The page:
Specifically, never is the return type for functions that never return and never is the type of variables under type guards that are never true.

🚨Beware, this is incorrect: let a: never = undefined; 
never shows the absence of type, you can see it as the opposite of any .

  • any

The variable can contains any type of data, like in JavaScript by default.

let a: any = “hello world”; // valid
let a: any = 1; // valid
let a: any = undefined; // valid
  • string 
    let a: string = “hello world”
  • array (not a scalar though.)
    let a: string[] = [“a”, “b”, “c”] 
    Or tuple : let a: [string, number] = [“1”, 2]
  • object (not a scalar though.)
let a: object = {} // correct
let a: object = { a: 1 } 
// not correct, we'll see this in next section with "interface"
  • boolean
let a: boolean = true; // correct
  • enum
enum Color {Red, Green, Blue} 
let c: Color = Color.Green; // (value in JS is a int)
  • null
let a: null = null; // correct
let a: null = undefined; // incorrect, it should have a null value.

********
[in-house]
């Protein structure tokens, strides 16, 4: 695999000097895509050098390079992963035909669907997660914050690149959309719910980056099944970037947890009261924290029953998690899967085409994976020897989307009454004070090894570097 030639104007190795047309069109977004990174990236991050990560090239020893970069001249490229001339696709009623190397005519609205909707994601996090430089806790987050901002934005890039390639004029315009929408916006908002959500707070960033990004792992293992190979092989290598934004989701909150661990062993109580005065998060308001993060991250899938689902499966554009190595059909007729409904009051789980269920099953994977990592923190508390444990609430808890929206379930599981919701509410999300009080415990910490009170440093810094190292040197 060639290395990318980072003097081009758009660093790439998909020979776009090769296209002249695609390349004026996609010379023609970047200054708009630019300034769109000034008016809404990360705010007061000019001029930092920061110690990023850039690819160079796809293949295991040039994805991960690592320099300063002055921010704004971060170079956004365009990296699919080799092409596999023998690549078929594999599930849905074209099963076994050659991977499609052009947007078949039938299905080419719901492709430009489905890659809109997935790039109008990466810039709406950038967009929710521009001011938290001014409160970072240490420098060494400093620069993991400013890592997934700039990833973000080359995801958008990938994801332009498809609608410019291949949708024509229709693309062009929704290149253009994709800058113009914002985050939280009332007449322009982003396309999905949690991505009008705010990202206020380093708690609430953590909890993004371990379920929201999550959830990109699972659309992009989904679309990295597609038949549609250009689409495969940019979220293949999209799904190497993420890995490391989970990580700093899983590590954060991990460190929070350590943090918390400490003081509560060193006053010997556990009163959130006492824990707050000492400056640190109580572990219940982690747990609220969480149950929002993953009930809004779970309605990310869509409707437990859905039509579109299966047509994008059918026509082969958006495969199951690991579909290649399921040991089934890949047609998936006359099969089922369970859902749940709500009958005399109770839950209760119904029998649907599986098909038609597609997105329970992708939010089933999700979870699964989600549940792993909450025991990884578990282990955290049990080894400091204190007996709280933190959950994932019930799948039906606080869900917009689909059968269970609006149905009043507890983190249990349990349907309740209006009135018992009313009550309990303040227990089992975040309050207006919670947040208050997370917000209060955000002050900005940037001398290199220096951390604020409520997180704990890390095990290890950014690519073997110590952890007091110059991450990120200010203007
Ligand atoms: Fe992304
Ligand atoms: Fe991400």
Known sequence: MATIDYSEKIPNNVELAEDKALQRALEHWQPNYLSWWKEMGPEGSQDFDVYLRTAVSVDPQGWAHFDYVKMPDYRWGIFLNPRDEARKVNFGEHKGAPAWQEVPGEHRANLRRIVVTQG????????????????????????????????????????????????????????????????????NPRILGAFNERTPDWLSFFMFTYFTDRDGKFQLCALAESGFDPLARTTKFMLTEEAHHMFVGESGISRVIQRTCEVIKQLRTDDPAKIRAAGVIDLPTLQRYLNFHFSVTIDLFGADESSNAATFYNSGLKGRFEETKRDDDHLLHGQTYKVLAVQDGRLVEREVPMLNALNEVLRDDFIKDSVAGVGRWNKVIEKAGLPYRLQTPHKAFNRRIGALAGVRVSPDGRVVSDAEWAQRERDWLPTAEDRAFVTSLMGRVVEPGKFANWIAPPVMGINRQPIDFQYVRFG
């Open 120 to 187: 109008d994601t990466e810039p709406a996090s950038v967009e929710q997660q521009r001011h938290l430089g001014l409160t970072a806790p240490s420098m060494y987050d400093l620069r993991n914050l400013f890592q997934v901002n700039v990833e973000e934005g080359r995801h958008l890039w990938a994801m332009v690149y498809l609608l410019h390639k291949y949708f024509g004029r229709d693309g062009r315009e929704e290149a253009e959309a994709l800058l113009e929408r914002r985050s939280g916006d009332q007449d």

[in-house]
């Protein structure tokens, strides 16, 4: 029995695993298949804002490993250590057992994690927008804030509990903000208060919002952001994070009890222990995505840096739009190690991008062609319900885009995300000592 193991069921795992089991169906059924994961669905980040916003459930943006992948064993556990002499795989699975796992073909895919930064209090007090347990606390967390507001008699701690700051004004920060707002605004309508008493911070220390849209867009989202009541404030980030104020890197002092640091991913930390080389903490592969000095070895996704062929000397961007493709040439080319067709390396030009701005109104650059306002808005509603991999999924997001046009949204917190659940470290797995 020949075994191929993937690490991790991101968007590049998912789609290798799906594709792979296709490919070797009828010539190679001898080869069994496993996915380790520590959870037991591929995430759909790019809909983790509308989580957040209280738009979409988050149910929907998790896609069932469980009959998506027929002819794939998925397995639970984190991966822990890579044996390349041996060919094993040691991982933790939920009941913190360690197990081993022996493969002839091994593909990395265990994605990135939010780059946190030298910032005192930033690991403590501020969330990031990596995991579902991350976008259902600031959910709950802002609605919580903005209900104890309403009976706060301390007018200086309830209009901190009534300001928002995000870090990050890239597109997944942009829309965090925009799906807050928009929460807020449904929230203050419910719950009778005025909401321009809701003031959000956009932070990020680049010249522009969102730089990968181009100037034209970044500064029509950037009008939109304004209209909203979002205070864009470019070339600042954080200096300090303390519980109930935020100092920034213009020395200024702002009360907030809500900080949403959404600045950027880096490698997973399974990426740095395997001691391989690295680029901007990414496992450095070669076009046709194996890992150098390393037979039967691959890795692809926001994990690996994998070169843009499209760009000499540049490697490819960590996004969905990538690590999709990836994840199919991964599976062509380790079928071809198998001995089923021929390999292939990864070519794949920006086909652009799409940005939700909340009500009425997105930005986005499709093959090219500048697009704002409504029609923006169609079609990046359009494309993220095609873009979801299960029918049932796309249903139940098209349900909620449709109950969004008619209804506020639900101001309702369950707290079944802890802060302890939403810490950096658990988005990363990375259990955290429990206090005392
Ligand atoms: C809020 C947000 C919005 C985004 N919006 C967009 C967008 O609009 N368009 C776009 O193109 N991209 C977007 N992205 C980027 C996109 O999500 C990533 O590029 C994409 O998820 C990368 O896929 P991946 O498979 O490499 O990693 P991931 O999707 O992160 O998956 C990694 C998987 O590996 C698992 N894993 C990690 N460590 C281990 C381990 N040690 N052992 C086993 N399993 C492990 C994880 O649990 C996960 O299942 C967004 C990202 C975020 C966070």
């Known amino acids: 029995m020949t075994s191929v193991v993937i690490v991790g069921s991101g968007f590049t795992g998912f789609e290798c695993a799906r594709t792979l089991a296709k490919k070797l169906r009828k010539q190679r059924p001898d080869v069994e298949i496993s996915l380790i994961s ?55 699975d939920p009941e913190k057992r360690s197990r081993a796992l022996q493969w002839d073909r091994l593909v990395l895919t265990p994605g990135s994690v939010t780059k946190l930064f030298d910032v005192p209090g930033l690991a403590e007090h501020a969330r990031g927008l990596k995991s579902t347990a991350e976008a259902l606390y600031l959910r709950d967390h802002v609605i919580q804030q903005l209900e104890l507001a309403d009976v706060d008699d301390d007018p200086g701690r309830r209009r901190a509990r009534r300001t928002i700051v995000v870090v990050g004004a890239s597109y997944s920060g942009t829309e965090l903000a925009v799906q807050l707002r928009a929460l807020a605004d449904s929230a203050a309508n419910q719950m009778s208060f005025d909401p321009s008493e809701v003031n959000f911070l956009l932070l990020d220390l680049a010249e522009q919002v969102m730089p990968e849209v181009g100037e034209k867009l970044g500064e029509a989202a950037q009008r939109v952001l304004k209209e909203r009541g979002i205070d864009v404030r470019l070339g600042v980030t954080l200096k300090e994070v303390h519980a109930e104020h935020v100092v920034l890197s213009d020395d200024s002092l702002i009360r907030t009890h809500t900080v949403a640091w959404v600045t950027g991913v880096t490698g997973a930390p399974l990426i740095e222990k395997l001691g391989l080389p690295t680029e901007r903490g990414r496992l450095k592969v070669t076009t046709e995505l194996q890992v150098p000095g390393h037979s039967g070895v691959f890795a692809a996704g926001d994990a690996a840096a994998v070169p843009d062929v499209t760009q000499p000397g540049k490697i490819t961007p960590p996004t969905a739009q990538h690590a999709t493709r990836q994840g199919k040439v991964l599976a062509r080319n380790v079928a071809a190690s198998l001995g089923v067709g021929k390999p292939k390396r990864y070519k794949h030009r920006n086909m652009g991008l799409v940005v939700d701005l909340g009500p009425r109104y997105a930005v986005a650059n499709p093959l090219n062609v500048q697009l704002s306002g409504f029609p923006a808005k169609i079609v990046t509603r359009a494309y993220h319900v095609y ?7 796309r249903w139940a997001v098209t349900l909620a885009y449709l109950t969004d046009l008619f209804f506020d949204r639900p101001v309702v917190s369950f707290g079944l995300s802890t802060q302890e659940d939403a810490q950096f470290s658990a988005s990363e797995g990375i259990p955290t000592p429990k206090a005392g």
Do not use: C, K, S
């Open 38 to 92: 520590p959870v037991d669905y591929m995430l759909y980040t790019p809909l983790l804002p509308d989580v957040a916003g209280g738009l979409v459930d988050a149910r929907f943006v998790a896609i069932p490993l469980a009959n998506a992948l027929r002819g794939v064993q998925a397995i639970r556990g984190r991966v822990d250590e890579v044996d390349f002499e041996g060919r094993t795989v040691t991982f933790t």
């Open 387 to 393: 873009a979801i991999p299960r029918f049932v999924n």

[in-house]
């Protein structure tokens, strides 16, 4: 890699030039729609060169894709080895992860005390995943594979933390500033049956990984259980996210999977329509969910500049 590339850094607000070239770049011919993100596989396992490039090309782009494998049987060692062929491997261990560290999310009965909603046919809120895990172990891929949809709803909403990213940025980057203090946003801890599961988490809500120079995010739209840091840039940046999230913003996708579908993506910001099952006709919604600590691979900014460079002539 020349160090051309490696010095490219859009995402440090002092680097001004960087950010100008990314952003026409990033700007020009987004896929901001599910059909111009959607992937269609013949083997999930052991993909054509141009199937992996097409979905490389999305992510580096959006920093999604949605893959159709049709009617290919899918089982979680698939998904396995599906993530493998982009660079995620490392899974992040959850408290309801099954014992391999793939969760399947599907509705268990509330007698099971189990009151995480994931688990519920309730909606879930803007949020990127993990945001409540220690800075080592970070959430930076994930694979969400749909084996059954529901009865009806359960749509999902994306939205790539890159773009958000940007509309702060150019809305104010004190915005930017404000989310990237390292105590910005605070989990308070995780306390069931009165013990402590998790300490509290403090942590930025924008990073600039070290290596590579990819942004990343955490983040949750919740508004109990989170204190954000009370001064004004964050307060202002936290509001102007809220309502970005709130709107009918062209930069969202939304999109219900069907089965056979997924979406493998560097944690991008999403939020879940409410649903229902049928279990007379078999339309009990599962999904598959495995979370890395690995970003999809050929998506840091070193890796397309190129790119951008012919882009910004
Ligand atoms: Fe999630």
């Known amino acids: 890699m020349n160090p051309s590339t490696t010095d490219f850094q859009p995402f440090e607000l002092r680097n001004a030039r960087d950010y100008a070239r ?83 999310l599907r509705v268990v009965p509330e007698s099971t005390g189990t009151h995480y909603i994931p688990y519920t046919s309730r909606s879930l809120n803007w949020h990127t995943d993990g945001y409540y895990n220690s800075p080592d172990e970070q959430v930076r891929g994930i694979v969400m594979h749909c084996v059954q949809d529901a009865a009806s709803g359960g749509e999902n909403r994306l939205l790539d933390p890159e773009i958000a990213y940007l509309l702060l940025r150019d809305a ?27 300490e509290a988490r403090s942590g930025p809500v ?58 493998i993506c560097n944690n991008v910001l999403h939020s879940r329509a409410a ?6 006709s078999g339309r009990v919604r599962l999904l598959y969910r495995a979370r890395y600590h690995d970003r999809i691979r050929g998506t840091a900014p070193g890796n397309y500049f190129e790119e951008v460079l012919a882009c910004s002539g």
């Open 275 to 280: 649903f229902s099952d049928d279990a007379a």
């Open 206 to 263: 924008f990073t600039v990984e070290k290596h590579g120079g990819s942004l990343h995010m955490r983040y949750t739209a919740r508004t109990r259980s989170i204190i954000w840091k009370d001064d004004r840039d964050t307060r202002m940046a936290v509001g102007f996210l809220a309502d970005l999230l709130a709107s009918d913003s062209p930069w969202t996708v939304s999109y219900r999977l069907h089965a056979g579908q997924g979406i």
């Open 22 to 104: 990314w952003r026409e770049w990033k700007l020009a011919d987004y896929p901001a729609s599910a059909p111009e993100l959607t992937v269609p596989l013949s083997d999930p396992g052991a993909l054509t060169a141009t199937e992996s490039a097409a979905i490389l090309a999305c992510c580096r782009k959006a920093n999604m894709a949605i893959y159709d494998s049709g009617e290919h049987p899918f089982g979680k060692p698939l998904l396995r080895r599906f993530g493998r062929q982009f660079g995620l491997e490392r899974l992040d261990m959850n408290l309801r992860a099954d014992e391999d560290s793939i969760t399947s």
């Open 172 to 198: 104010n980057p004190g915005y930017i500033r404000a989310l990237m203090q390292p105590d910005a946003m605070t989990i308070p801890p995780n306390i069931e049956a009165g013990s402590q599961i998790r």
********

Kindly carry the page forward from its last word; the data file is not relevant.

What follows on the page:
• undefined
let a: undefined;
let a?: string; // undefined | string

⚠️ Notice: By default, all types includes null and undefined , as says the documentation:

The type checker previously considered null and undefined assignable to anything. Effectively, null and undefined were valid values of every type and it wasn’t possible to specifically exclude them (and therefore not possible to detect erroneous use of them).
--strictNullChecks switches to a new strict null checking mode.
In strict null checking mode, the null and undefined values are not in the domain of every type and are only assignable to themselves and any

So, let a: string = undefined; 
is correct without the --strictNullChecks compiler option.

🚨 Beware : do not use String or Object types, those are primitive class types.

Rich types: interface and type

The “interface” keyword

The scalar types are essential but not sufficient for “real world” usage.
We need to describe complex data structure as types like objects, classes, etc

TypeScript helps us to describe theses types in a “structural way” — as seen in the first paragraph — with the interface keyword.